Saturday, January 19, 2008

Amazon Breakthrough Novel Contest

I can't recall which topic it was, where someone was thanking me for recommending other books I liked. I'll be putting up an addendum to the Methadone List on my website next week--a short list entitled "Violent Wee Buggers" (these being a group of Scottish and Irish novelists whose work I adore--but they do tend to be both violent and grim (while also being intermittently hilarious and/or poetic about it)).

Anyway, whilst composing this list, I got an email from a Scottish friend, also a writer, but not yet published, telling me that his book, SLEEPING WITH RACHEL, had reached the semi-finals of the Amazon Breakthrough Novel Contest (about which I know nothing, though I've been hearing about it for weeks, a number of my friends having entered it). This was great news, of course--and he wanted to ask if I might go look at the brief excerpt of the book that's posted online, and leave a quick review.

I was happy to do that (in fact, I've read the whole manuscript, and think it's _very_ good)--but thought I'd also tell you guys about it, in case you should be in the mood. It's a modern novel, set in Scotland, and I don't know quite what you'd call it--it has mystery, long-buried secrets, famil dysfunction, and a lot of sexual tension [g]--but it's beautifully written. Anyway, if you _should_ feel the urge, it's at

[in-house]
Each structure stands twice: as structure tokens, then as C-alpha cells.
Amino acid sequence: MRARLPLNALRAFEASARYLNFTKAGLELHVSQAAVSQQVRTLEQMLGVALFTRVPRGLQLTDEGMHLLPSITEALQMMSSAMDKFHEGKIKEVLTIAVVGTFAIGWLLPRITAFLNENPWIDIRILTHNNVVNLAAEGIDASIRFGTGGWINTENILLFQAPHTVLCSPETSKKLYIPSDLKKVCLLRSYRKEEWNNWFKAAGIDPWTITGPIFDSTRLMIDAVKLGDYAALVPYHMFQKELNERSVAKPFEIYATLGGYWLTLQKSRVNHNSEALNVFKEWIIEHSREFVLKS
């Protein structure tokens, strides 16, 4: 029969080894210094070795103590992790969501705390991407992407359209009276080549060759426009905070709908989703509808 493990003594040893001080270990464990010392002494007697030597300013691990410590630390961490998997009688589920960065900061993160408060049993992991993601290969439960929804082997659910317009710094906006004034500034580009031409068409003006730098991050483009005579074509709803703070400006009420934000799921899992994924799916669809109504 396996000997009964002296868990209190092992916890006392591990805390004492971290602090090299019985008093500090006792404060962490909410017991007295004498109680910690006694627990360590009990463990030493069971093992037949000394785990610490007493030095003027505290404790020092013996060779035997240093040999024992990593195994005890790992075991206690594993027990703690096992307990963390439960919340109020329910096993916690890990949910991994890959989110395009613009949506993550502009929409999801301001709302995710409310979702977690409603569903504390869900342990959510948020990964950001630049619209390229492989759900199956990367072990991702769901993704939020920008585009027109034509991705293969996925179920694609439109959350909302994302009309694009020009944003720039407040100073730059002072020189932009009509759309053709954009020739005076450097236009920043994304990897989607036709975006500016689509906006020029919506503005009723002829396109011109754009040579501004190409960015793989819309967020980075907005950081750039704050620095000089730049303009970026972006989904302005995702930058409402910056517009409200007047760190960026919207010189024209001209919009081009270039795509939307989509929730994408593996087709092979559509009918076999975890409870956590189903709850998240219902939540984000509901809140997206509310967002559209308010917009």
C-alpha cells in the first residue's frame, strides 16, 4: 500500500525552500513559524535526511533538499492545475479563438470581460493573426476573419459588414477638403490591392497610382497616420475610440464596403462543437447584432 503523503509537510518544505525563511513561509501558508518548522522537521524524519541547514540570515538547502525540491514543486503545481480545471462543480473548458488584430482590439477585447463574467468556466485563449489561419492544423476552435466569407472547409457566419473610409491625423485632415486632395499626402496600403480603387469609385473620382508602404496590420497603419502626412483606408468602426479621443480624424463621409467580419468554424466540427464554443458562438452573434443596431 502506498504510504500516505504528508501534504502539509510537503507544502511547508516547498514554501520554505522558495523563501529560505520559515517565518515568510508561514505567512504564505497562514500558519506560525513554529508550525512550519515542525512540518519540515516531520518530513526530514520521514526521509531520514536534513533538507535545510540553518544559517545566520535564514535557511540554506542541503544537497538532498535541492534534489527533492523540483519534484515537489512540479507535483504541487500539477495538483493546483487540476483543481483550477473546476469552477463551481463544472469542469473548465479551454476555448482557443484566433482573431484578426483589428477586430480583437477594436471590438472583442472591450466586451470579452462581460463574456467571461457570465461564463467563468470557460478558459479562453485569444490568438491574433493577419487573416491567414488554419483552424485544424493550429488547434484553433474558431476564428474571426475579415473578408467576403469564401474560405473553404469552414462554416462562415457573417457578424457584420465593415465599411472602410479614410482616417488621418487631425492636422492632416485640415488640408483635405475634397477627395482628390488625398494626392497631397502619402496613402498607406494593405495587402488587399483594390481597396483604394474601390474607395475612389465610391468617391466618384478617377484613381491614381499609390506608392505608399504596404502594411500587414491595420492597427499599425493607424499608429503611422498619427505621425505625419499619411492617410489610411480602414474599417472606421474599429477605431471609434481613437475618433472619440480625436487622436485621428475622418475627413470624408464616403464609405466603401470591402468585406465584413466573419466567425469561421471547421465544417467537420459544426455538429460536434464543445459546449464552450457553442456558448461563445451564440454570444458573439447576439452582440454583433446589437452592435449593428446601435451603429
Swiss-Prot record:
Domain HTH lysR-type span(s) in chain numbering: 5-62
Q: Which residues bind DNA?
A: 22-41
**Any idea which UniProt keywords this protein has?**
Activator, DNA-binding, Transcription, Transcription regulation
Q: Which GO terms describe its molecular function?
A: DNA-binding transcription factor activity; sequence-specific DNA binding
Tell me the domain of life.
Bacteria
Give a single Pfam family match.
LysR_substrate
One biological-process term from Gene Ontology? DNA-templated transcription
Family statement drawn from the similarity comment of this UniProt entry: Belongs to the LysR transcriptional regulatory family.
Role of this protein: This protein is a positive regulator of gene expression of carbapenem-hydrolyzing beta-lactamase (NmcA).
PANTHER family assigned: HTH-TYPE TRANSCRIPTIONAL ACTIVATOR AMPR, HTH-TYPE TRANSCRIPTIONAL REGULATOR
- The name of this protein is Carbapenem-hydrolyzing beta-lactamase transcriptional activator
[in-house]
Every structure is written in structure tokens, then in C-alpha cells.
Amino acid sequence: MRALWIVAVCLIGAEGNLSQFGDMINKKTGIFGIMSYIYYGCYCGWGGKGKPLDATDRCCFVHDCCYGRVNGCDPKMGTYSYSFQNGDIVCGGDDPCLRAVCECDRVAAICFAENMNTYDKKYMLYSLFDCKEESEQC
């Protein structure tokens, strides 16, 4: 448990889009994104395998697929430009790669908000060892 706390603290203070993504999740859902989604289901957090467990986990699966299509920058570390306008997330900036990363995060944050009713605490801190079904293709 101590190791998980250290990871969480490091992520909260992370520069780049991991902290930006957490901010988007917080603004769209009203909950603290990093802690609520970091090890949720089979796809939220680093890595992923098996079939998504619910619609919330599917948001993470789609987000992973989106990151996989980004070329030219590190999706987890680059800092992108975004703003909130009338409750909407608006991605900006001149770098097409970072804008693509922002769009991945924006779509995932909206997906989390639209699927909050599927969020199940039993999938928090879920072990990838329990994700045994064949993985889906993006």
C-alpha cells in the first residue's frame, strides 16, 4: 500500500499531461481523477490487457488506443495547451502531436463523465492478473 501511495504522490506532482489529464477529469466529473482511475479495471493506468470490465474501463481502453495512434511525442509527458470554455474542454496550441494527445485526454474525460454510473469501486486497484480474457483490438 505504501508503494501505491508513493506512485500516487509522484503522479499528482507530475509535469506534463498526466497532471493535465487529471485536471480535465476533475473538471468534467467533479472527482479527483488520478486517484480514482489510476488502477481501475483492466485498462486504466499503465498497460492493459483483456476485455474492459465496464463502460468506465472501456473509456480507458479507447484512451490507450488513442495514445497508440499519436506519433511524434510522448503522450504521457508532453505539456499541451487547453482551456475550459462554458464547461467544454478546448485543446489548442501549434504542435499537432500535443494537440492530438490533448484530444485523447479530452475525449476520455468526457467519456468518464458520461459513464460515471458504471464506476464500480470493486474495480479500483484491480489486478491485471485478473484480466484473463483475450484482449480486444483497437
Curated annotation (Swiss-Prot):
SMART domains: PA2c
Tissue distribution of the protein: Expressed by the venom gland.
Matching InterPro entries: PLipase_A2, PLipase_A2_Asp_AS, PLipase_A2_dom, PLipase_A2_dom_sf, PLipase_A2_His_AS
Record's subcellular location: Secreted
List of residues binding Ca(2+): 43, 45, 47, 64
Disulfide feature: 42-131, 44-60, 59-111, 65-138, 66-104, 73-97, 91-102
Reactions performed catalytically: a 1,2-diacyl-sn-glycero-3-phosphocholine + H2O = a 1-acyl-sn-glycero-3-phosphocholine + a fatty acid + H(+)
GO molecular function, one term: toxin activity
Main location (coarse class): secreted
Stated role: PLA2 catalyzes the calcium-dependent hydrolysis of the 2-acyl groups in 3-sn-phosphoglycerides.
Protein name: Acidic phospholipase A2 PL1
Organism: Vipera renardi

And should you feel inclined to leave a review--David and I both thank you!


  1. Thanks Diana,

    Sleeping With Rachel short was really good. Your friend is talented. I will keep this on my list of books that I have to buy when they come out.

  2. Off to read the excerpt...

    Diana, I must let you know that I have never before been interested in any one's blogging. But I find myself checking here daily (sometimes twice) to see what you have to say. I'm not sure whether to thank you or curse you. :)

    (btw, I just finished "Brotherhood" and "Hand" in quick succession and wanted to say thanks for giving us more insight to Lord John.)

  3. Hi Diana,

    I'm always pleased when major authors take the time to read (and reveiw) new writers. It gives us newbie authors hope that with an endorsement from someone such as yourself, our books may actually get read. And with any luck at all, we will garner our own fan base. Thanks for taking the time!

    btw, your stories are what got me interested in writing. Thanks again!

  4. Hi Diana,